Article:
Thursday, 9 October 2014

WHW Day 3: Rowardennan to Invreraman

Boots on, we hit the trail early.  Today the trail was reputed as tough: a rough, hilly path through the wilderness along Loch Lommond.  The end of the day should see us 14.5 miles further up the trail at the top of the Loch.  

First thing on, we spied some feral goats.  These are descendants of livestock that people were forced to abandon during the Highland Clearances, brutal aristocratic land grabs that forced thousands off their home and farms.

The forest were peaceful and quiet, and the terrain started to get more rugged.  We couldn't see Ben Lommond, the giant mountain that sits moodily over the lake, and I'm glad we decided not to spend the extra day for a climb as we would have a view of a cloud for most of the day.

 We went through a gate and entered Craigrostan Woods.

This was a magic place.  Due to the range of mountains that dropped down into this part of Loch Lommond, this rugged part of Scotland had some of the last old-growth forest in the UK.  Wise old oak trees clung to the steep slopes, moss and steeply undulating dirt path made for some serene walking.  I slowed down to take it all in- this is the kind of place that deserves a slow, quiet walk to take it all in.

There were lots of waterfalls and stream crossings on this bit of trail.

Also, Elvis.

He was doing various stunts for Cancer Research: skinny dipping in the Loch, donning blue suede hiking boots.  It was amusing as hell to hear Elvis speak with a thick Scots accent.

We came to Inversnaid, a hotel that marked the only sign of life on this trail.  The hotel had a view of a waterfall that had a nice deep swimming hole.  Someone decided to go for a swim.  That someone wasn't me.  Bry mustered up the courage to go for a quick dip.  Seriously- it took him longer to take off all his clothes then to get in and out of the pool with a great deal of bellowing.  The water here is on a different level of coldness, and even though the air was warm and muggy. an ice bath wasn't calling my name.

It was a nice place to stop for lunch though, and I watched dippers and grey wagtails hopping about the shoreline.

Back on the trail, we decided to take a detour up a RSBP side trail.  It ended up being a really strenuous climb.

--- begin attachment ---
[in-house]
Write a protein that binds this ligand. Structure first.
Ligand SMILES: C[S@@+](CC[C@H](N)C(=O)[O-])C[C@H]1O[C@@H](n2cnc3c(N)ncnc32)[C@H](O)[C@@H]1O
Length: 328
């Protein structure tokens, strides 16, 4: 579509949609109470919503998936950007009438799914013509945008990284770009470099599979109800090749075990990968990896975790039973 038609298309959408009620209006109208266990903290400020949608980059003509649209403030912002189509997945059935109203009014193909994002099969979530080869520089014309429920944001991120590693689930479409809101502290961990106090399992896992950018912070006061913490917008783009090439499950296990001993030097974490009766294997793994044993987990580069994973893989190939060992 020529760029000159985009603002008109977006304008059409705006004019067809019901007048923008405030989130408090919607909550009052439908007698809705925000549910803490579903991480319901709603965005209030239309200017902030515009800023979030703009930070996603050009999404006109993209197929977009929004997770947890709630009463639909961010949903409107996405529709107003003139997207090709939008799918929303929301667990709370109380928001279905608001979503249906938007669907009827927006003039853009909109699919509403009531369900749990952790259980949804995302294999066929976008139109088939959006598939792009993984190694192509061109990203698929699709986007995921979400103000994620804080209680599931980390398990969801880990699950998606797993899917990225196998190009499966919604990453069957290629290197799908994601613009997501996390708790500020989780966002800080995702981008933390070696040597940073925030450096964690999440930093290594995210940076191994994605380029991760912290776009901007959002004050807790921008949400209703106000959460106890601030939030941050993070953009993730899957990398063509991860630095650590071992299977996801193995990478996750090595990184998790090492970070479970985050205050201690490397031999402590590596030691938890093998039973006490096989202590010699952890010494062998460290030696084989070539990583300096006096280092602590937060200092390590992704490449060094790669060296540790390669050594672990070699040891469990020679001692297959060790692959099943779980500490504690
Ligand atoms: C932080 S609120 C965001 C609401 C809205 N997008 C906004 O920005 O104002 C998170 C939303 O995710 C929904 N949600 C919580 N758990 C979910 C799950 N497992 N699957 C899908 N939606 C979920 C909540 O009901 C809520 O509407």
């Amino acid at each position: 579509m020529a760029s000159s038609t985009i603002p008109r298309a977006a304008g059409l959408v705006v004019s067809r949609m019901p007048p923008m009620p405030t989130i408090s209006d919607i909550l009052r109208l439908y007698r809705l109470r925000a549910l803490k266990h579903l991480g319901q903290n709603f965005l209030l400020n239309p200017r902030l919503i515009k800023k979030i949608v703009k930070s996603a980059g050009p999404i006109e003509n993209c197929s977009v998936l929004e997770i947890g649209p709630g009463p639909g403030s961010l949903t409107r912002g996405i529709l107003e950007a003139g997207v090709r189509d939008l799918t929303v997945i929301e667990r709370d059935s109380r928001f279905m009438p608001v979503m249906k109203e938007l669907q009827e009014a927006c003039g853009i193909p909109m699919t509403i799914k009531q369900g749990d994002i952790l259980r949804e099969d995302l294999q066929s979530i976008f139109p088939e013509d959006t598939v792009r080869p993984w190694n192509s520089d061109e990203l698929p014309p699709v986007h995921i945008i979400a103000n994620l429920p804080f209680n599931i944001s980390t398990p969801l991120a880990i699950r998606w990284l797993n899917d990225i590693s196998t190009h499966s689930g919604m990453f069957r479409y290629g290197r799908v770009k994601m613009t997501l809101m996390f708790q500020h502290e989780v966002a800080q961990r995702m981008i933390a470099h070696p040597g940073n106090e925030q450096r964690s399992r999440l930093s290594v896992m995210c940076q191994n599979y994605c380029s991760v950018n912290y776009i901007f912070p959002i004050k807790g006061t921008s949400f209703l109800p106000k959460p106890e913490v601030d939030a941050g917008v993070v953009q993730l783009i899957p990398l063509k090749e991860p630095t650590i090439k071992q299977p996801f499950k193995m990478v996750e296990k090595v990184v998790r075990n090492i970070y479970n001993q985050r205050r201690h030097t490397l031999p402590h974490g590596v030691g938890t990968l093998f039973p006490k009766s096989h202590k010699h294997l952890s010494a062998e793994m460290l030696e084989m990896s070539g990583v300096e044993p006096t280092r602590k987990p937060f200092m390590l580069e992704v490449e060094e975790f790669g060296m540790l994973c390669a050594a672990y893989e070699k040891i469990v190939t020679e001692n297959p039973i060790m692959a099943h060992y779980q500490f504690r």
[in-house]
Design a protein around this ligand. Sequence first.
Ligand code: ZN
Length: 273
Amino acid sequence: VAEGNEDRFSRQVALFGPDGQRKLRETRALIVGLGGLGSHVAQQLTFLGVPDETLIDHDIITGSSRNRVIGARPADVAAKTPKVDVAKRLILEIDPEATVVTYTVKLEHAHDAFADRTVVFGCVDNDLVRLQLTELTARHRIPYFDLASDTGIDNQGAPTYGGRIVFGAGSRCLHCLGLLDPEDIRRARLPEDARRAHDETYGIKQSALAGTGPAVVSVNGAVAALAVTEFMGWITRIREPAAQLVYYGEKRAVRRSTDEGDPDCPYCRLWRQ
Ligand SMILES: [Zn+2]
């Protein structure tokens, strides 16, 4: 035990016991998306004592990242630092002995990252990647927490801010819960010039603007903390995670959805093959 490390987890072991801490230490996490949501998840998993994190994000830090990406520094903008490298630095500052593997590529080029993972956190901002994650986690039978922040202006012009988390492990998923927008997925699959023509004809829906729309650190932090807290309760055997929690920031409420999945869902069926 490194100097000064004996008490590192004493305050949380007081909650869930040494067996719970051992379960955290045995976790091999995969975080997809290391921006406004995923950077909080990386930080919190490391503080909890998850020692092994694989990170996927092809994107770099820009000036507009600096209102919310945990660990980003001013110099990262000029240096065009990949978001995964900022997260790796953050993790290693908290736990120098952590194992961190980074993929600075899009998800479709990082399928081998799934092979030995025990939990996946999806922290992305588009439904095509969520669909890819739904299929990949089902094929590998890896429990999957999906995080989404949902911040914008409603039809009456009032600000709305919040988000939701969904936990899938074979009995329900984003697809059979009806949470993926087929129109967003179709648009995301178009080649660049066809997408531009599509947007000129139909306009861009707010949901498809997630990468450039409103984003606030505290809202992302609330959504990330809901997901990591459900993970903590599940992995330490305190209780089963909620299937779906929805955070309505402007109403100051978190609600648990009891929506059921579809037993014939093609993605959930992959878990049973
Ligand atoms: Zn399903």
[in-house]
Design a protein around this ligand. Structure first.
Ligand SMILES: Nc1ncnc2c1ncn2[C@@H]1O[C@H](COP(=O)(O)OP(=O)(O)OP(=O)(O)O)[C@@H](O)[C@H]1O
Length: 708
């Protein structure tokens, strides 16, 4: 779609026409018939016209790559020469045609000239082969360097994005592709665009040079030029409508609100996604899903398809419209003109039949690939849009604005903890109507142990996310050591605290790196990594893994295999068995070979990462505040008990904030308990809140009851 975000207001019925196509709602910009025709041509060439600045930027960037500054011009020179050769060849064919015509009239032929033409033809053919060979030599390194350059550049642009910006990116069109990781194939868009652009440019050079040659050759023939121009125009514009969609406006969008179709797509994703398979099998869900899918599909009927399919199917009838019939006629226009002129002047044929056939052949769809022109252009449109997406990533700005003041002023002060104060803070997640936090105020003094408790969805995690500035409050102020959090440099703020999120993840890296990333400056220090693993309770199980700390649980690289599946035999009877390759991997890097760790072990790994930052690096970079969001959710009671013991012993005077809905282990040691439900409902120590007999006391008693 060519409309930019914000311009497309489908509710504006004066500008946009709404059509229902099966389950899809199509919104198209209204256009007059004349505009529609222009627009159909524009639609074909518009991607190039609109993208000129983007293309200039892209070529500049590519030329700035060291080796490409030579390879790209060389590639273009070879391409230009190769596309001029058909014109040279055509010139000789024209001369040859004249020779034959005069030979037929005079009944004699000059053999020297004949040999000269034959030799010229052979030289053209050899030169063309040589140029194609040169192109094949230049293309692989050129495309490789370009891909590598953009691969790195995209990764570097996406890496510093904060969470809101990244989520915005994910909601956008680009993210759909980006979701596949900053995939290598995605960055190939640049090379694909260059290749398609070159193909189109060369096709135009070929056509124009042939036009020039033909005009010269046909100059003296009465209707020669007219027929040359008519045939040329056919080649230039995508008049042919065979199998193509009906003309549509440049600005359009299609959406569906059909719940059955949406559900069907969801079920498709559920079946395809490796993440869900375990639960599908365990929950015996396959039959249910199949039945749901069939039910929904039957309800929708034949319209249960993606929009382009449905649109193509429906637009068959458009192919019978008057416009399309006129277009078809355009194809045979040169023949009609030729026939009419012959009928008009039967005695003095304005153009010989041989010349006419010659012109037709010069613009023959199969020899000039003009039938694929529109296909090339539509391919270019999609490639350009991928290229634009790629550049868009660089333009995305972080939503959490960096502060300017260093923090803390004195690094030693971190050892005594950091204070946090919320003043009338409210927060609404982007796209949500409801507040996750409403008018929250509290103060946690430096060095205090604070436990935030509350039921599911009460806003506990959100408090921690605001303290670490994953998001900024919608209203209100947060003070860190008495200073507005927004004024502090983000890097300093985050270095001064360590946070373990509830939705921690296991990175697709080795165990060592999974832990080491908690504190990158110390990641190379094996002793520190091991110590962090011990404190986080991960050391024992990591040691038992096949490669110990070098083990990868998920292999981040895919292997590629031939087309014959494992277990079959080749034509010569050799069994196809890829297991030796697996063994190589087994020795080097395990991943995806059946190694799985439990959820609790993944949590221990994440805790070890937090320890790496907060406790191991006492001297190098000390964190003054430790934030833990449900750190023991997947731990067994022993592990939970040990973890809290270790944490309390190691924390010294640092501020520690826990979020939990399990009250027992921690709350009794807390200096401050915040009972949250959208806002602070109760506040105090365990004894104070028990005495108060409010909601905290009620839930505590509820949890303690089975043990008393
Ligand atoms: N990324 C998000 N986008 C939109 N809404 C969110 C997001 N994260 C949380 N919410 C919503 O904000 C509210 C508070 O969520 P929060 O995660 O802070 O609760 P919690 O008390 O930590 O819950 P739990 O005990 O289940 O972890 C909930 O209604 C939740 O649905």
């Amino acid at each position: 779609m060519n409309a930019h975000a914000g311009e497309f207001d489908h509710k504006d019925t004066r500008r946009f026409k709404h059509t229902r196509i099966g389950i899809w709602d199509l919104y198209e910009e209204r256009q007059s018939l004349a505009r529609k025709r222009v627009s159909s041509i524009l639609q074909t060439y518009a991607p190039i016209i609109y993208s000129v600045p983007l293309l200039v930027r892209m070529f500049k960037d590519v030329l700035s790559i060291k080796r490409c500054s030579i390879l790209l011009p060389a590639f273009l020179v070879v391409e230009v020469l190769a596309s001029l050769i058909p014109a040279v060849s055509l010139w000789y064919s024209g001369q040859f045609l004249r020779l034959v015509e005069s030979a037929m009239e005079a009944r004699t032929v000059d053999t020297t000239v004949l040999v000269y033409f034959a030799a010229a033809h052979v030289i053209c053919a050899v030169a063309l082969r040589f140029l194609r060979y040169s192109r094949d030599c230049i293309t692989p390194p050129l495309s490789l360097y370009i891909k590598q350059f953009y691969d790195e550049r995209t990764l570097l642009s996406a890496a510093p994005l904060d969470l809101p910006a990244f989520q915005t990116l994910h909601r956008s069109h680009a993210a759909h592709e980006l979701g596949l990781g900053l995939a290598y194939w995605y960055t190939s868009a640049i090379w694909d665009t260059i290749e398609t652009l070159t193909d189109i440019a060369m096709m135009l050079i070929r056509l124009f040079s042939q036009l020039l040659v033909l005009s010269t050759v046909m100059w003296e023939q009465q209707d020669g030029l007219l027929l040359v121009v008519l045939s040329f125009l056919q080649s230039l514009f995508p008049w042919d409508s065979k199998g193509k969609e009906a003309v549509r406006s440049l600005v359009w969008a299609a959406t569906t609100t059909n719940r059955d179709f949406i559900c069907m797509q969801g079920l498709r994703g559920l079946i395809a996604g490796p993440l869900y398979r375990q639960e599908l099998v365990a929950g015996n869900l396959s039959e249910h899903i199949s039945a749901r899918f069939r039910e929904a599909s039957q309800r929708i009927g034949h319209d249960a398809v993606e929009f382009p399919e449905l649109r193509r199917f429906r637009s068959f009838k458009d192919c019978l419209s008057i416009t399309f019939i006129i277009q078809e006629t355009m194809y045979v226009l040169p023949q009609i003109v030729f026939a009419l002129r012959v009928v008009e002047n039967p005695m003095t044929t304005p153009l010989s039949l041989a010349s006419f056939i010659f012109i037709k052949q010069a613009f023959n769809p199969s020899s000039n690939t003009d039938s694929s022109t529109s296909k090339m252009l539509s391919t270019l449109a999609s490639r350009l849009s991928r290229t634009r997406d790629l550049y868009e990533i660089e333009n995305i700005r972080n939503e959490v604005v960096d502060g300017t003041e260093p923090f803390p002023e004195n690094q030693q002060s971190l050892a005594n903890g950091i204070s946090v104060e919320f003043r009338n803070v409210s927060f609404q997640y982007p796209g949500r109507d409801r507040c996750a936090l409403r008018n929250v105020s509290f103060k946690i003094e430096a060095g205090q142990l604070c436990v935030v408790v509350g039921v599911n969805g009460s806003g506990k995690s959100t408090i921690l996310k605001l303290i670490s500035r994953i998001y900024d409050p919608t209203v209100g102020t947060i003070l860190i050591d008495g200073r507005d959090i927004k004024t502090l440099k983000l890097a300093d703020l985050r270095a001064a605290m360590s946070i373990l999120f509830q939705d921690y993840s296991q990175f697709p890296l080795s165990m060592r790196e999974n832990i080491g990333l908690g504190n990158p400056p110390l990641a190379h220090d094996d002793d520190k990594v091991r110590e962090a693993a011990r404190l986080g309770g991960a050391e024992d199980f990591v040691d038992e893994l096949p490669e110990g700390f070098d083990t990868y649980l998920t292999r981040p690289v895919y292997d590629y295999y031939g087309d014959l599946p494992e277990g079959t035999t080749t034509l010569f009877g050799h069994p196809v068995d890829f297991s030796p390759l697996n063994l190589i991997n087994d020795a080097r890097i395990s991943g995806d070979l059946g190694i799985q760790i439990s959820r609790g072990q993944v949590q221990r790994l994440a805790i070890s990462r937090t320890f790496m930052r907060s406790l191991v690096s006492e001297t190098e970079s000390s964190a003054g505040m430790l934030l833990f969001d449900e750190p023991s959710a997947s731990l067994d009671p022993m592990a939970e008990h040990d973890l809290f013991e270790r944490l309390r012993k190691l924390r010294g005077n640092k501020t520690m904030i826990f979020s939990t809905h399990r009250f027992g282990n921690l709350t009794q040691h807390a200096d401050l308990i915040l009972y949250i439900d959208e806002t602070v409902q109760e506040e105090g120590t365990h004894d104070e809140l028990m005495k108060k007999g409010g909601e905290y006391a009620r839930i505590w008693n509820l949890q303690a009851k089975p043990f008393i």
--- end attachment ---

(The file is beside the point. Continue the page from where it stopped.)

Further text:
Once we got to the top of the hill, we were rewarded with  a moody and dark view of the entire Loch, with no other people willing to spend the extra energy on the climb, we had the mountainside blissfully to ourselves.

That is Ben Lommond, obscured by a cloud in the top of the picture:

We rejoined the main trail and had several hours of good walking, seeing lots of critters along the way.

We stumbled upon a herd of red deer, on of the great symbols of the wild highlands.

After about five minutes of quietly sneaking up on them, I realized they weren't afraid of me at all.  In the end, I had to wave my arms and shout to get them to move off the trail, which they did reluctantly.

We also came across our first Bothy.  These are small, basic stone huts that are unlocked and free to use.  They have a fireplace and a couple of platforms to put your bedding on, and that's about it.  There's a whole network of them, and you can walk across Scotland taking advantage of free shelter if you wanted to.

We hit the end of Loch Lommond and began our climb into Inveraman.  We had been walking at such a leisurely pace that hikers who had started in Balmaha- seven miles further than we had walked- has caught up to us.  Spiritual old forest, a waterfall swim, lunch and bird watching and a climb for the view meant that it was getting dark by the time we neared our destination.  Everyone we met on the trail, and at the pub that night, complained about how hard the trail had been.  It was rocky and steep, but to me that is a trail.  I guess the fact that you could drive a truck down the rest of the West Highland Way meant the worst/best was behind us.

I kept nearly stepping on these tiny toads; there were dozens of them and they were so well camouflaged that you had to be really careful where you put your foot down.  

Really now.  You take a toad and make it tiny, and suddenly it becomes adorable.

We made our way into town, which consisted of a campground and a pub and a busy road.  After such a peaceful day of quiet walking, it felt kind of stressful.

Pied wagtail
In the end, we would have been better off at the campsite bunks.  The hotel, ancient and historic and filled with an impressive collection of creepy taxidermy creatures, seemed like it hadn't been renovated since the war.  It was reputed to be haunted, perhaps by an angry ghoul who will only rest when they decide to redecorate and toss all the moth-eaten bits of kilt into a rubbish heap.   While the low-ceiling dark pub was a unique and cozy place for a post-walk refuel, it just seemed like a sad and overpriced relic being held together with spit and paper.  

Oh, and tell me: since when is Rob Roy the judge of all things quality?  The man hid out in a cave for christsakes.  

I have found though- I can sleep through hauntings and drafts and creaks and groans after a long walk and a dram.

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